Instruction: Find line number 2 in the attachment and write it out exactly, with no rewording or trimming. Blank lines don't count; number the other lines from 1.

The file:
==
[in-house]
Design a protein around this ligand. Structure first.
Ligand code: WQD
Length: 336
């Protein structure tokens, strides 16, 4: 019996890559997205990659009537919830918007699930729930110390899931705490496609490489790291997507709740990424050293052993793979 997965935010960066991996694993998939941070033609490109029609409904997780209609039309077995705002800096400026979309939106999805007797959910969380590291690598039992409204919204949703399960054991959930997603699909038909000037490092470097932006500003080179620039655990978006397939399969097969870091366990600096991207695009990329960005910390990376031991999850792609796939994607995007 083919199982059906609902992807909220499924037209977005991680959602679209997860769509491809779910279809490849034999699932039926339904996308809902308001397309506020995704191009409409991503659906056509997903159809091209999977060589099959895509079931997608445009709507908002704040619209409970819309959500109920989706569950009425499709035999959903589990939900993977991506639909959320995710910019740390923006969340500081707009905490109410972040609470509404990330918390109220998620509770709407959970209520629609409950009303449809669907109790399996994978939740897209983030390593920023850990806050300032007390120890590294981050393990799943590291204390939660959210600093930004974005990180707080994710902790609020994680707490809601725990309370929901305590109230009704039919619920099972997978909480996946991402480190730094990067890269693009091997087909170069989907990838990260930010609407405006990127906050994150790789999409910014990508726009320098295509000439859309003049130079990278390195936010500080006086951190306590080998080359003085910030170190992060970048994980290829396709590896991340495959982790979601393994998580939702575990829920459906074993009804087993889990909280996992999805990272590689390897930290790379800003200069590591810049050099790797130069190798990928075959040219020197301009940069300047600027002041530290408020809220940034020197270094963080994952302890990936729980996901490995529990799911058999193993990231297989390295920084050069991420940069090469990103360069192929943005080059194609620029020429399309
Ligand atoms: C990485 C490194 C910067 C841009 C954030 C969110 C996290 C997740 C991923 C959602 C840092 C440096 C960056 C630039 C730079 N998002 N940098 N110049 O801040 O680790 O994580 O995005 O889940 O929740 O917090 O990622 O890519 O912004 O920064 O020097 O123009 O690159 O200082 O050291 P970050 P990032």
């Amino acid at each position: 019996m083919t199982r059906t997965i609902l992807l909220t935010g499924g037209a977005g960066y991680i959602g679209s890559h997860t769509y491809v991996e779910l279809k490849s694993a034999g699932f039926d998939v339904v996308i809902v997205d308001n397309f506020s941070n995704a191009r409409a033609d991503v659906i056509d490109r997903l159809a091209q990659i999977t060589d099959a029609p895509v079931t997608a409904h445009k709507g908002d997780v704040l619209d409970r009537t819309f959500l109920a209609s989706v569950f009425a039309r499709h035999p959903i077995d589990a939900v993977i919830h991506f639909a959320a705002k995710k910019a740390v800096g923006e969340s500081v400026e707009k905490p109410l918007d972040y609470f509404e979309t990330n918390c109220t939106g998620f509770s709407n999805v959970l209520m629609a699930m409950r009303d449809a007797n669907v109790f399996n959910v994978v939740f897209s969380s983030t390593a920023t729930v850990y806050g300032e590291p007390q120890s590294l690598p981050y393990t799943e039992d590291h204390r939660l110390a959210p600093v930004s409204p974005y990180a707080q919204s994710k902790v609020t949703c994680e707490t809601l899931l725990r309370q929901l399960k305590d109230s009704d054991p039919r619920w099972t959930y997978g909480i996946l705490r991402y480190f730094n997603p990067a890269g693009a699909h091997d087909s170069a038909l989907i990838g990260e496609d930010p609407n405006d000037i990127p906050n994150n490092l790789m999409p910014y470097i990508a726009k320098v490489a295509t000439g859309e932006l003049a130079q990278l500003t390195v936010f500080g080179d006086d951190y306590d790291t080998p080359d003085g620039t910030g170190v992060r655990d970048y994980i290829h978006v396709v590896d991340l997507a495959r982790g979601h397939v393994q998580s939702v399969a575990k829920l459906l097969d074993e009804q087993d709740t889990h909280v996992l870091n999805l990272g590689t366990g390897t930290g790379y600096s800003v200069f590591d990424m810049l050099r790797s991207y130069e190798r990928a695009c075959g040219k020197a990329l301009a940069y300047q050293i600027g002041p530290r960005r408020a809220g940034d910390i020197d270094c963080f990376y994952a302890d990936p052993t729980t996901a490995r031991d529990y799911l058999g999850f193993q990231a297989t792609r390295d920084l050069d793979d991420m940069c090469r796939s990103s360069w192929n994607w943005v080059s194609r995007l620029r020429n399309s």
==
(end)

Design a protein around this ligand. Structure first.